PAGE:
i get that i could ask people at a temple, but what does the second line mean?
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Re: use of mala in zen/chan

Postby Huifeng » Tue May 08, 2012 5:55 am

Well, the second part means that this "stuff" is "detailed" all over the place in Chinese Buddhism.
So, it's a bit like asking "Where are those practices that Buddhists do detailed?"

~~ Huifeng
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Re: use of mala in zen/chan

Postby upasaka_/\_ » Tue May 08, 2012 6:58 am

Huifeng wrote:Well, the second part means that this "stuff" is "detailed" all over the place in Chinese Buddhism.
So, it's a bit like asking "Where are those practices that Buddhists do detailed?"

~~ Huifeng



i just want one instruction manual or internet page or even a quote from any chan or zen master or school on how to do mala practice, i'm not asking for the whole of asian buddhism mala practice as, you're right, that would be an absurdly broad question. you don't seem to read my original posts very carefully and it makes your responses redundant as you keep re posting information from the original post. i am done here as well.
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Re: use of mala in zen/chan

Postby Infinite » Tue May 08, 2012 7:32 am

upasaka_/\_ wrote:
Huifeng wrote:Well, the second part means that this "stuff" is "detailed" all over the place in Chinese Buddhism.
So, it's a bit like asking "Where are those practices that Buddhists do detailed?"

~~ Huifeng



i just want one instruction manual or internet page or even a quote from any chan or zen master or school on how to do mala practice, i'm not asking for the whole of asian buddhism mala practice as, you're right, that would be an absurdly broad question. you don't seem to read my original posts very carefully and it makes your responses redundant as you keep re posting information from the original post. i am done here as well.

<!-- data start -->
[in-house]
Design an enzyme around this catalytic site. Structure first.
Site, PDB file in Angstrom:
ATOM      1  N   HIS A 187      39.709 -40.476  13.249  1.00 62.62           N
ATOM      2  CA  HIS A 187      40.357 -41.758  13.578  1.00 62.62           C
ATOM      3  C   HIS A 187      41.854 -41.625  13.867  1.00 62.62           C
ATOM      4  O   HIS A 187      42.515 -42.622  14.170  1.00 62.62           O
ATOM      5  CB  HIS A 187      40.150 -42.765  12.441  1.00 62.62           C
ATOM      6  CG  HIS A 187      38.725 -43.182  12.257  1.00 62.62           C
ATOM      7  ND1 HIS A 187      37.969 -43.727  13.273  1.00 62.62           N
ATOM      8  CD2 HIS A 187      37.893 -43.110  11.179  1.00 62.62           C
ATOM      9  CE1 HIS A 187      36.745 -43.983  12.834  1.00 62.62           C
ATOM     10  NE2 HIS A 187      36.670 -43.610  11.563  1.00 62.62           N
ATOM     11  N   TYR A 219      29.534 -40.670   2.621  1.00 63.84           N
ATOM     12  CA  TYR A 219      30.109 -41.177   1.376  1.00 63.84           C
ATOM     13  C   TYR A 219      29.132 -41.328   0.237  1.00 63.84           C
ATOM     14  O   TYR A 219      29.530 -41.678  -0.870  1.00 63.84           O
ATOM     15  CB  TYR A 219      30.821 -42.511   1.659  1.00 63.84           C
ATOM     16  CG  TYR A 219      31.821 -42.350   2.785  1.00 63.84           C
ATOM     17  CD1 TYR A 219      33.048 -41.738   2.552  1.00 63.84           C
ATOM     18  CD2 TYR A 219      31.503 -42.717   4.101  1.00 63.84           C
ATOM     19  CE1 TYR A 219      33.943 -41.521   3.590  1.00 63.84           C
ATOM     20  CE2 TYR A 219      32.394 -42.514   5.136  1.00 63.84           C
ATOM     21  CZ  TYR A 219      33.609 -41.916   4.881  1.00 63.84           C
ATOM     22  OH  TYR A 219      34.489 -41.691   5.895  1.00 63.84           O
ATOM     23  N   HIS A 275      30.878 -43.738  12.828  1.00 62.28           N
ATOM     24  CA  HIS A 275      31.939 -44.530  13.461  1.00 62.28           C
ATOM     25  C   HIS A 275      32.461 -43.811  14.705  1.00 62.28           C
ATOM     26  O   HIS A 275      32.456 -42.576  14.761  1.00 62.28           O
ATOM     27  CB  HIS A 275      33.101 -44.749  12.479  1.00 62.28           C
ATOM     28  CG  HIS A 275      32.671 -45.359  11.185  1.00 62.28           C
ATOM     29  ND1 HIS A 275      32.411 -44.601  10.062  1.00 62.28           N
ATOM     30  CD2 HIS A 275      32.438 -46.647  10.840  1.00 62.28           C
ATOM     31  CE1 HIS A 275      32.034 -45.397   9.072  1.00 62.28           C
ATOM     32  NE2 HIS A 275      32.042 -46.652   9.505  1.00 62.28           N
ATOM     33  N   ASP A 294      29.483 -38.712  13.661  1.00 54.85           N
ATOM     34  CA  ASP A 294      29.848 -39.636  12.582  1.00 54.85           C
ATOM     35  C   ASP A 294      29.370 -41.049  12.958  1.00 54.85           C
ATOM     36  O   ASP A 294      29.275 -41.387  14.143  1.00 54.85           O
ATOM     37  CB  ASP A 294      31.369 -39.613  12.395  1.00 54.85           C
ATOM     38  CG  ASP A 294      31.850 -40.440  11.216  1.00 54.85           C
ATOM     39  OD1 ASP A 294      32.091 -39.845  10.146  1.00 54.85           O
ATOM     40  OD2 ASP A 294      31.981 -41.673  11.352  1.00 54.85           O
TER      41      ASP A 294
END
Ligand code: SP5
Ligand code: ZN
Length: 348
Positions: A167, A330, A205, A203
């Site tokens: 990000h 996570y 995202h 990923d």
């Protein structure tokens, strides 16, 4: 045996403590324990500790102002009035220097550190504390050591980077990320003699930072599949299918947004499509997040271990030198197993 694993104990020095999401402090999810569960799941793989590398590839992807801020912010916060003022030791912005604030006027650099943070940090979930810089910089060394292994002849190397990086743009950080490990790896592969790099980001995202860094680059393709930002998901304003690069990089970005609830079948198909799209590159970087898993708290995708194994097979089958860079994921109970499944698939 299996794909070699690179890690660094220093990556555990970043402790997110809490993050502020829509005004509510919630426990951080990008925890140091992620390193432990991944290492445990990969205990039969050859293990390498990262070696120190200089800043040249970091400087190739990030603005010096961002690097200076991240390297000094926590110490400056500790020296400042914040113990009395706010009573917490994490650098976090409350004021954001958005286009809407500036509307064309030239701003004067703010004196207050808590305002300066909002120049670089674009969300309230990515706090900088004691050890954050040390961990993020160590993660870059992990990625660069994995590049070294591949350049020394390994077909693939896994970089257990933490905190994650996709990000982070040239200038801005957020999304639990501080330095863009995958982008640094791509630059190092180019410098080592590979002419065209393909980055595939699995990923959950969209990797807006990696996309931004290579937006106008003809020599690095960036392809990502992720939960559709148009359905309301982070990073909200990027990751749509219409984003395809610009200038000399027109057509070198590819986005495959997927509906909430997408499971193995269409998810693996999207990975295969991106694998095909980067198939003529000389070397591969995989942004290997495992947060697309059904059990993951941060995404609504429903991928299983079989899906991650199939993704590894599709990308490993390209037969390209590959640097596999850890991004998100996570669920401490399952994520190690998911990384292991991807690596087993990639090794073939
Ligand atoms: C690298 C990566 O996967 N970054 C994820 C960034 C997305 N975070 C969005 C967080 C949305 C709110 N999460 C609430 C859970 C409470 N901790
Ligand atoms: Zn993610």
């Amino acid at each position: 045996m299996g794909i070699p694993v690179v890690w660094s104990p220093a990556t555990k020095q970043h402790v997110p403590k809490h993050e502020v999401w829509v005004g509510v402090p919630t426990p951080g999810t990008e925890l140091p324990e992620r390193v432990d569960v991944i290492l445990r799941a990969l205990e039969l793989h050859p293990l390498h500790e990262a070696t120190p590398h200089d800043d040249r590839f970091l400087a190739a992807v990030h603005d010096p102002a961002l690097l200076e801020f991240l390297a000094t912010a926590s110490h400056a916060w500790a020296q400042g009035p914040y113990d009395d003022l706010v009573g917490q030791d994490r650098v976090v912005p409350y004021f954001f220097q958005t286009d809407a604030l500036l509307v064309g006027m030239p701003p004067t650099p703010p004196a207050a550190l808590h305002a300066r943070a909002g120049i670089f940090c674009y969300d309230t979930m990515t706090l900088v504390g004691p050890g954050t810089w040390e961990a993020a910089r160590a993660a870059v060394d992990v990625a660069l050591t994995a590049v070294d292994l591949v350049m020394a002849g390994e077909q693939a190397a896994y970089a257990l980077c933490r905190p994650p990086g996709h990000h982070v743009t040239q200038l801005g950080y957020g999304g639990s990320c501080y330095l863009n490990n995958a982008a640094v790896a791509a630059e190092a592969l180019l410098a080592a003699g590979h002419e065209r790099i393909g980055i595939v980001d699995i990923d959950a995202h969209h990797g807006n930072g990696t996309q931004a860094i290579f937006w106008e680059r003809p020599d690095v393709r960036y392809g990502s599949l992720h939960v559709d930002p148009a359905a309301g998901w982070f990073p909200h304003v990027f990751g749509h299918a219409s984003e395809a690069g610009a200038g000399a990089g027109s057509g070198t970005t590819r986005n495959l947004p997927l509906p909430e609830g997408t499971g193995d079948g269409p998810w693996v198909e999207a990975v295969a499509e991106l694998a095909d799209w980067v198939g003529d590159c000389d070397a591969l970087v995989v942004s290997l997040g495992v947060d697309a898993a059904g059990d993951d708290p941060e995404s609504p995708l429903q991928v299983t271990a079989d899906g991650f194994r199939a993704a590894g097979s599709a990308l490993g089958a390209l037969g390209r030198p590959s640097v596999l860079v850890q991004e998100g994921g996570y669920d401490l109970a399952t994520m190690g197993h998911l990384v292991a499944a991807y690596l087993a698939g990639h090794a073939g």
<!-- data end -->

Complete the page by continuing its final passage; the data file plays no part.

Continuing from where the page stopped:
No his point is that what is known as Chan practice is really just Mahayana Practice the different schools becoming separate largely has to do with Japanese Law thus the reason he is saying it is a very large and vague question you are asking. Basically what you are asking is what is mala Practice for Mahayana and that is a rather large, sweeping question. I had similar confusion towards Chan until Huifeng explained it to me.
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Re: use of mala in zen/chan

Postby Astus » Tue May 08, 2012 8:21 am

A common practice with mala is nianfo, usually reciting the name of Amita Buddha.

Here is a book for you on that practice: Taming the Monkey MInd

But it's not very complicated at all, I mean, using a mala. You recite, you count, or just hold it in your hands, and that's it. You might find special practices taught by some teachers, but that's likely to be a larger area where differences are abundant.
"There is no such thing as the real mind. Ridding yourself of delusion: that's the real mind."
(Sheng-yen: Getting the Buddha Mind, p 73)

“Don’t rashly seek the true Buddha;
True Buddha can’t be found.
Does marvelous nature and spirit
Need tempering or refinement?
Mind is this mind carefree;
This face, the face at birth."

(Nanyue Mingzan: Enjoying the Way, tr. Jeff Shore; T51n2076, p461b24-26)
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Re: use of mala in zen/chan

Postby MuMun » Sat May 12, 2012 12:37 am

You will see some people in Kwan Um zen centers (soen, western style) using malas if they are doing mantra practice. A teacher may recommend use of a mala to a student who feels distracted by mental activity during formal meditation or during other activities. The prescription is to match a repeated phrase with the breath (inhalation and exhalation), moving a single bead with each repetition. (Examples of mantras that may be used is "kwan seum bosal," the Korean name for Avalokitesvara; or "Om Mani Padme Hum" or others at the discretion of the teacher.) The practice helps to unite breath, body, and attention, and can be dispensed with when it is no longer needed for meditation practice.